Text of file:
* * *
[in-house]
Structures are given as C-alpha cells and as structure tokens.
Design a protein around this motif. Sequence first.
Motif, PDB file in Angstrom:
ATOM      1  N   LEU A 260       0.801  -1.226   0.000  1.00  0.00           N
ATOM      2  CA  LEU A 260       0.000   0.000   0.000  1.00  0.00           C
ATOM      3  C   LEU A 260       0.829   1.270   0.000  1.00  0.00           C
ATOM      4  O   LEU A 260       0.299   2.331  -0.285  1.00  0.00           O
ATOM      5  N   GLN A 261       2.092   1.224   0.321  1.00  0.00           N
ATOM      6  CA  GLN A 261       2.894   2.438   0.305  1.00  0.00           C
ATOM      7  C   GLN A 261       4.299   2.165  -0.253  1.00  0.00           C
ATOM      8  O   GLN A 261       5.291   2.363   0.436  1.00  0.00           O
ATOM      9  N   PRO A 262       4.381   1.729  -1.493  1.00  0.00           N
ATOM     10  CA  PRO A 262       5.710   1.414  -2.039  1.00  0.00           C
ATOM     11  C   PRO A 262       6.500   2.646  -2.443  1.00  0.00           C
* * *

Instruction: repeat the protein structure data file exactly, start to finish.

[in-house]
Structures are given as C-alpha cells and as structure tokens.
Design a protein around this motif. Sequence first.
Motif, PDB file in Angstrom:
ATOM      1  N   LEU A 260       0.801  -1.226   0.000  1.00  0.00           N
ATOM      2  CA  LEU A 260       0.000   0.000   0.000  1.00  0.00           C
ATOM      3  C   LEU A 260       0.829   1.270   0.000  1.00  0.00           C
ATOM      4  O   LEU A 260       0.299   2.331  -0.285  1.00  0.00           O
ATOM      5  N   GLN A 261       2.092   1.224   0.321  1.00  0.00           N
ATOM      6  CA  GLN A 261       2.894   2.438   0.305  1.00  0.00           C
ATOM      7  C   GLN A 261       4.299   2.165  -0.253  1.00  0.00           C
ATOM      8  O   GLN A 261       5.291   2.363   0.436  1.00  0.00           O
ATOM      9  N   PRO A 262       4.381   1.729  -1.493  1.00  0.00           N
ATOM     10  CA  PRO A 262       5.710   1.414  -2.039  1.00  0.00           C
ATOM     11  C   PRO A 262       6.500   2.646  -2.443  1.00  0.00           C